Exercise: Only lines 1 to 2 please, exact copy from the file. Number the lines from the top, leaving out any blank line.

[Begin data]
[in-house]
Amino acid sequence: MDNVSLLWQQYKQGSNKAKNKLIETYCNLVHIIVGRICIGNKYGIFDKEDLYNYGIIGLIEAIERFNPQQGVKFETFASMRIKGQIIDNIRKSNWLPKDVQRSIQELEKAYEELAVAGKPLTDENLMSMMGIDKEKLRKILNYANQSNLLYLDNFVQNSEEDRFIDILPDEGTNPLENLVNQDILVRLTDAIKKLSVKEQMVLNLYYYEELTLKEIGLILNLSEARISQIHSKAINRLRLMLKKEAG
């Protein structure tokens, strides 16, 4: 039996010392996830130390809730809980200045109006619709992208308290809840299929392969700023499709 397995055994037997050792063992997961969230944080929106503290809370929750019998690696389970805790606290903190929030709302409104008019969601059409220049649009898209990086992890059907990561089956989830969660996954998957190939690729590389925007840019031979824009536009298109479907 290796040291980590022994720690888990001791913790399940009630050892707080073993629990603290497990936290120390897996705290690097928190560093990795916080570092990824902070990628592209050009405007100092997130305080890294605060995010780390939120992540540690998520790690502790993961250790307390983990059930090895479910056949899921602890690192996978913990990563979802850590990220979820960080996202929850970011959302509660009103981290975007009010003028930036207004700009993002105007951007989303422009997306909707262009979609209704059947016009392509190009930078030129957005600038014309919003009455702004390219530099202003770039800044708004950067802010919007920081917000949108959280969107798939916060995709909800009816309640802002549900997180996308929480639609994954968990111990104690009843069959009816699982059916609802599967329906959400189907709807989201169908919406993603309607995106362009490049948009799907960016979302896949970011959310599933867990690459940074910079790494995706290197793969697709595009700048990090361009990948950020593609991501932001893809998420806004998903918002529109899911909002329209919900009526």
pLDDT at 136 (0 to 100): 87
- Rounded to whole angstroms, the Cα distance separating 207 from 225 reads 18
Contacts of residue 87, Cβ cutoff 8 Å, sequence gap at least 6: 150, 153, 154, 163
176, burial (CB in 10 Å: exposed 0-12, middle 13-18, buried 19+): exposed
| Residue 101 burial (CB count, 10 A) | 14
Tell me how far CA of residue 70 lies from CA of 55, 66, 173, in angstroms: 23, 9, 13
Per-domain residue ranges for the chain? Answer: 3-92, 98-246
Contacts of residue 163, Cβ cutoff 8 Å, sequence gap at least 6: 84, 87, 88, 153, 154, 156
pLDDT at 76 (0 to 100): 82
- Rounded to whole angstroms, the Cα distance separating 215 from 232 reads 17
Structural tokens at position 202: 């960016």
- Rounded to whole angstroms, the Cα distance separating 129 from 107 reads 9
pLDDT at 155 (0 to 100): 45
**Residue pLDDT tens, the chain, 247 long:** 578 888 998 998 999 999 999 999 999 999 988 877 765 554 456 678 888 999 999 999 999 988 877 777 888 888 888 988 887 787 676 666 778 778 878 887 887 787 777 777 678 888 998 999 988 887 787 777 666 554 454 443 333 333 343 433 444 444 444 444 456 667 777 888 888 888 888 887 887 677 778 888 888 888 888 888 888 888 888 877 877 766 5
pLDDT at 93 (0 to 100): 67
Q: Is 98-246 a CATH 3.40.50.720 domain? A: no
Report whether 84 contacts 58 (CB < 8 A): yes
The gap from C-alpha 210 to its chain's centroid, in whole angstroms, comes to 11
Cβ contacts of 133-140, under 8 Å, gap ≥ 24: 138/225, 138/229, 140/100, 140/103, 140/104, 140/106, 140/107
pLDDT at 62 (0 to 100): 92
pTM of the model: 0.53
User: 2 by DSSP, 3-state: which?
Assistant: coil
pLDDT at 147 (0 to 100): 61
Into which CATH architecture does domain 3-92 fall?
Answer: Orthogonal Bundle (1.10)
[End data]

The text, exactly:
[in-house]
Amino acid sequence: MDNVSLLWQQYKQGSNKAKNKLIETYCNLVHIIVGRICIGNKYGIFDKEDLYNYGIIGLIEAIERFNPQQGVKFETFASMRIKGQIIDNIRKSNWLPKDVQRSIQELEKAYEELAVAGKPLTDENLMSMMGIDKEKLRKILNYANQSNLLYLDNFVQNSEEDRFIDILPDEGTNPLENLVNQDILVRLTDAIKKLSVKEQMVLNLYYYEELTLKEIGLILNLSEARISQIHSKAINRLRLMLKKEAG